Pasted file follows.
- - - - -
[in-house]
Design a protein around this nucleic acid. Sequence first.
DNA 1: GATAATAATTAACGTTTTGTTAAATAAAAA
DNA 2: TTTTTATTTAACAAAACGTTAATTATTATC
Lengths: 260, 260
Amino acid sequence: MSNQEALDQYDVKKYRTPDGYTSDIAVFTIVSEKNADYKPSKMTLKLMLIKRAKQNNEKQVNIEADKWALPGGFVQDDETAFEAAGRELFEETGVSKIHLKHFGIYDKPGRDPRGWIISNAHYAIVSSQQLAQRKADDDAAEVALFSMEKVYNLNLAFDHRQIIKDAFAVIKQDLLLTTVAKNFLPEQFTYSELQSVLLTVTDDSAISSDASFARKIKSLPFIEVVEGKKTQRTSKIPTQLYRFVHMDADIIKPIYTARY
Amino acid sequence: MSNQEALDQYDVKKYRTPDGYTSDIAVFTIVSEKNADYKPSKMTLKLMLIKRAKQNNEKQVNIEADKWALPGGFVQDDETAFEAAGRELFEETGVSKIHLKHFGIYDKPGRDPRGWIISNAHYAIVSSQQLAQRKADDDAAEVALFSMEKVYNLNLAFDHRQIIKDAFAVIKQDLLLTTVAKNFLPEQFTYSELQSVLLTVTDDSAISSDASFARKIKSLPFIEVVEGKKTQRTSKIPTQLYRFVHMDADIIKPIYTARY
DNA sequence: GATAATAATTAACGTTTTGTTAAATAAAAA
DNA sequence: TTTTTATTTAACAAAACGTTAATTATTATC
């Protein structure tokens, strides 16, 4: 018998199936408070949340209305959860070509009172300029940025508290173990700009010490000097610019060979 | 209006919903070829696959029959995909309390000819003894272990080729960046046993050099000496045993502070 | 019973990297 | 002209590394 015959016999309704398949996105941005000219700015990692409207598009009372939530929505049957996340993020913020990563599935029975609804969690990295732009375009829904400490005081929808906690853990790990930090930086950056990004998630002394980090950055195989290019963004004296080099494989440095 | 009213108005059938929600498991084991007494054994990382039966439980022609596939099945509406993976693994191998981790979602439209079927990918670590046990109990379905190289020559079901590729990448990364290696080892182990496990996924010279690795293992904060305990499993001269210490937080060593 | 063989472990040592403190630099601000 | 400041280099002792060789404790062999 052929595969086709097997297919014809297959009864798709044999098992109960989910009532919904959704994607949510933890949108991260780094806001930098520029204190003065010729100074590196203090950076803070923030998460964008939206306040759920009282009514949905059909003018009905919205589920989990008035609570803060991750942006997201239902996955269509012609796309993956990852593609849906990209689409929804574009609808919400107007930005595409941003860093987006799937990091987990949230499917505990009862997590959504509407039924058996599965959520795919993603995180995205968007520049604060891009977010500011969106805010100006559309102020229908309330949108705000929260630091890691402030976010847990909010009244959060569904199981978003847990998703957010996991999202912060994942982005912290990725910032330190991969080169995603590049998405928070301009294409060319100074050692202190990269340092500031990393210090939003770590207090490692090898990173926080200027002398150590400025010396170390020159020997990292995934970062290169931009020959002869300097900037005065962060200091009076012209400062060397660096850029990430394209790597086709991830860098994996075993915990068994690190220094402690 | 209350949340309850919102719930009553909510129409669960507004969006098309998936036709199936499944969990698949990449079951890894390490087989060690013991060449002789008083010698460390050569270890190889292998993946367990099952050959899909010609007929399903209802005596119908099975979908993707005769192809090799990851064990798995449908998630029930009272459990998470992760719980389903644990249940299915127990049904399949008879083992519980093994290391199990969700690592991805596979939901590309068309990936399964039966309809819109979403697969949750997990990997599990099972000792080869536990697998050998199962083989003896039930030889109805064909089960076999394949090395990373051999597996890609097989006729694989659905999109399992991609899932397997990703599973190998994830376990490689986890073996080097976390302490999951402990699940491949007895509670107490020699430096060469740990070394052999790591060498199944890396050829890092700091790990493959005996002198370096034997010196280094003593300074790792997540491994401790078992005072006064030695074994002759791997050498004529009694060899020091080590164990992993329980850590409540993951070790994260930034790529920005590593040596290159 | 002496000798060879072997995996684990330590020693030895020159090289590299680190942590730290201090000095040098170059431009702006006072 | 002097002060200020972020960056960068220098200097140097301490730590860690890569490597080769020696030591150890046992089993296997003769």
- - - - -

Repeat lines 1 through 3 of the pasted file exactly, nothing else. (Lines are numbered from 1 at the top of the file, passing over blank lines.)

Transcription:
[in-house]
Design a protein around this nucleic acid. Sequence first.
DNA 1: GATAATAATTAACGTTTTGTTAAATAAAAA